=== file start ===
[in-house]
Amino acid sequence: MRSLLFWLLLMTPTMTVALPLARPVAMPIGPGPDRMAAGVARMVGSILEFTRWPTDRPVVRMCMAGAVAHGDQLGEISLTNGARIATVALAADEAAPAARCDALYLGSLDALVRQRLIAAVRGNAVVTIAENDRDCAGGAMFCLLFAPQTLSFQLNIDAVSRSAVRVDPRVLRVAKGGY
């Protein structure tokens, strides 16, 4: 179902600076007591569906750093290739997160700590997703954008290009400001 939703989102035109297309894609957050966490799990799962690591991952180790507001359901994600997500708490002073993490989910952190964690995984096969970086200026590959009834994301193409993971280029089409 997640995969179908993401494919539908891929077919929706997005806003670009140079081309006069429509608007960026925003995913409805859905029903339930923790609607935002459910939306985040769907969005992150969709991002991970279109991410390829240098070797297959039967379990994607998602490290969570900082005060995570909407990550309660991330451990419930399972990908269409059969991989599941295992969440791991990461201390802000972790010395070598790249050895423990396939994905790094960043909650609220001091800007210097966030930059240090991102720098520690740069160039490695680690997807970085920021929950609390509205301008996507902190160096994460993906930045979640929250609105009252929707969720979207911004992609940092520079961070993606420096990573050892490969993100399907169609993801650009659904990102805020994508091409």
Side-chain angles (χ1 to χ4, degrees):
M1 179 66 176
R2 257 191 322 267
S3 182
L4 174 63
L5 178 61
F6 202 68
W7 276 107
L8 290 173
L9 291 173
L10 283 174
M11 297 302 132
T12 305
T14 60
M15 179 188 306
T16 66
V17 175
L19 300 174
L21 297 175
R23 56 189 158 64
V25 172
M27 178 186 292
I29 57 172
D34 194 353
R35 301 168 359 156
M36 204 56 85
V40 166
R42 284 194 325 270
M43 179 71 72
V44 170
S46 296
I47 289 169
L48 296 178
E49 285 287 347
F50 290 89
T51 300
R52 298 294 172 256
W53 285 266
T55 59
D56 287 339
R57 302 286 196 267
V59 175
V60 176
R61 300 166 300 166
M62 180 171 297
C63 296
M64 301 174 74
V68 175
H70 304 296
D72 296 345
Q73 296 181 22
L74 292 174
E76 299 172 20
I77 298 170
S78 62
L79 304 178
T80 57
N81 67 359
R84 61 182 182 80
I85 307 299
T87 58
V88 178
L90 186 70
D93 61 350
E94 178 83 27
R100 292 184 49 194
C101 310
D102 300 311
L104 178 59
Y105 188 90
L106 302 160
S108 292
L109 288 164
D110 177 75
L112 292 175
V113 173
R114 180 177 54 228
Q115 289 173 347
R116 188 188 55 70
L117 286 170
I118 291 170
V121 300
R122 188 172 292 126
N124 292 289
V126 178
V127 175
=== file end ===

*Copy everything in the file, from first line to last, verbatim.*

[in-house]
Amino acid sequence: MRSLLFWLLLMTPTMTVALPLARPVAMPIGPGPDRMAAGVARMVGSILEFTRWPTDRPVVRMCMAGAVAHGDQLGEISLTNGARIATVALAADEAAPAARCDALYLGSLDALVRQRLIAAVRGNAVVTIAENDRDCAGGAMFCLLFAPQTLSFQLNIDAVSRSAVRVDPRVLRVAKGGY
């Protein structure tokens, strides 16, 4: 179902600076007591569906750093290739997160700590997703954008290009400001 939703989102035109297309894609957050966490799990799962690591991952180790507001359901994600997500708490002073993490989910952190964690995984096969970086200026590959009834994301193409993971280029089409 997640995969179908993401494919539908891929077919929706997005806003670009140079081309006069429509608007960026925003995913409805859905029903339930923790609607935002459910939306985040769907969005992150969709991002991970279109991410390829240098070797297959039967379990994607998602490290969570900082005060995570909407990550309660991330451990419930399972990908269409059969991989599941295992969440791991990461201390802000972790010395070598790249050895423990396939994905790094960043909650609220001091800007210097966030930059240090991102720098520690740069160039490695680690997807970085920021929950609390509205301008996507902190160096994460993906930045979640929250609105009252929707969720979207911004992609940092520079961070993606420096990573050892490969993100399907169609993801650009659904990102805020994508091409």
Side-chain angles (χ1 to χ4, degrees):
M1 179 66 176
R2 257 191 322 267
S3 182
L4 174 63
L5 178 61
F6 202 68
W7 276 107
L8 290 173
L9 291 173
L10 283 174
M11 297 302 132
T12 305
T14 60
M15 179 188 306
T16 66
V17 175
L19 300 174
L21 297 175
R23 56 189 158 64
V25 172
M27 178 186 292
I29 57 172
D34 194 353
R35 301 168 359 156
M36 204 56 85
V40 166
R42 284 194 325 270
M43 179 71 72
V44 170
S46 296
I47 289 169
L48 296 178
E49 285 287 347
F50 290 89
T51 300
R52 298 294 172 256
W53 285 266
T55 59
D56 287 339
R57 302 286 196 267
V59 175
V60 176
R61 300 166 300 166
M62 180 171 297
C63 296
M64 301 174 74
V68 175
H70 304 296
D72 296 345
Q73 296 181 22
L74 292 174
E76 299 172 20
I77 298 170
S78 62
L79 304 178
T80 57
N81 67 359
R84 61 182 182 80
I85 307 299
T87 58
V88 178
L90 186 70
D93 61 350
E94 178 83 27
R100 292 184 49 194
C101 310
D102 300 311
L104 178 59
Y105 188 90
L106 302 160
S108 292
L109 288 164
D110 177 75
L112 292 175
V113 173
R114 180 177 54 228
Q115 289 173 347
R116 188 188 55 70
L117 286 170
I118 291 170
V121 300
R122 188 172 292 126
N124 292 289
V126 178
V127 175